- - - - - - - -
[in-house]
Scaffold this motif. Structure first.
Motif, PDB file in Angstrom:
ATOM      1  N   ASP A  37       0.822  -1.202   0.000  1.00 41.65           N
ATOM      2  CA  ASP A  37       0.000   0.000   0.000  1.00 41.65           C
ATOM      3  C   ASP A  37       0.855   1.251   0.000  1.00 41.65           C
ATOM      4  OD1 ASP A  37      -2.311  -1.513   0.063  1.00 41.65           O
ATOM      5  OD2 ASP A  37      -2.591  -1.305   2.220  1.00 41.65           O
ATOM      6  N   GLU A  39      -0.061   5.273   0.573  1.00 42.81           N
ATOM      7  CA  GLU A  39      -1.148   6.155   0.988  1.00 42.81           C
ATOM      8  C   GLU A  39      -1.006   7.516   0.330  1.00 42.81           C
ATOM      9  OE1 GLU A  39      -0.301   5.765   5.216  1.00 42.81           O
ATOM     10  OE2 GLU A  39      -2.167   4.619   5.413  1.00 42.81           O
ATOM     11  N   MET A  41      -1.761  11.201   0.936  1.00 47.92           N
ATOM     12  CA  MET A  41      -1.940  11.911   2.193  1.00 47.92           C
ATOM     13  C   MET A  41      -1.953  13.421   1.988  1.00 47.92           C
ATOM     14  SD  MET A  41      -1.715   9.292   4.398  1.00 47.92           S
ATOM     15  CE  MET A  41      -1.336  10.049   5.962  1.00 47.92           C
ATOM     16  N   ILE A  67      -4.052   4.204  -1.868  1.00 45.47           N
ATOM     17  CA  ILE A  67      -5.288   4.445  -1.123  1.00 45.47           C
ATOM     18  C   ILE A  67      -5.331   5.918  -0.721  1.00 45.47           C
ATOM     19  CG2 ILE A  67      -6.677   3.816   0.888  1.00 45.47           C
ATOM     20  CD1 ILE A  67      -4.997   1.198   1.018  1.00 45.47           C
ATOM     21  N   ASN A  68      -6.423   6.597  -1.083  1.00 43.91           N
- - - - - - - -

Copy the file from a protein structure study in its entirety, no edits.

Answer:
[in-house]
Scaffold this motif. Structure first.
Motif, PDB file in Angstrom:
ATOM      1  N   ASP A  37       0.822  -1.202   0.000  1.00 41.65           N
ATOM      2  CA  ASP A  37       0.000   0.000   0.000  1.00 41.65           C
ATOM      3  C   ASP A  37       0.855   1.251   0.000  1.00 41.65           C
ATOM      4  OD1 ASP A  37      -2.311  -1.513   0.063  1.00 41.65           O
ATOM      5  OD2 ASP A  37      -2.591  -1.305   2.220  1.00 41.65           O
ATOM      6  N   GLU A  39      -0.061   5.273   0.573  1.00 42.81           N
ATOM      7  CA  GLU A  39      -1.148   6.155   0.988  1.00 42.81           C
ATOM      8  C   GLU A  39      -1.006   7.516   0.330  1.00 42.81           C
ATOM      9  OE1 GLU A  39      -0.301   5.765   5.216  1.00 42.81           O
ATOM     10  OE2 GLU A  39      -2.167   4.619   5.413  1.00 42.81           O
ATOM     11  N   MET A  41      -1.761  11.201   0.936  1.00 47.92           N
ATOM     12  CA  MET A  41      -1.940  11.911   2.193  1.00 47.92           C
ATOM     13  C   MET A  41      -1.953  13.421   1.988  1.00 47.92           C
ATOM     14  SD  MET A  41      -1.715   9.292   4.398  1.00 47.92           S
ATOM     15  CE  MET A  41      -1.336  10.049   5.962  1.00 47.92           C
ATOM     16  N   ILE A  67      -4.052   4.204  -1.868  1.00 45.47           N
ATOM     17  CA  ILE A  67      -5.288   4.445  -1.123  1.00 45.47           C
ATOM     18  C   ILE A  67      -5.331   5.918  -0.721  1.00 45.47           C
ATOM     19  CG2 ILE A  67      -6.677   3.816   0.888  1.00 45.47           C
ATOM     20  CD1 ILE A  67      -4.997   1.198   1.018  1.00 45.47           C
ATOM     21  N   ASN A  68      -6.423   6.597  -1.083  1.00 43.91           N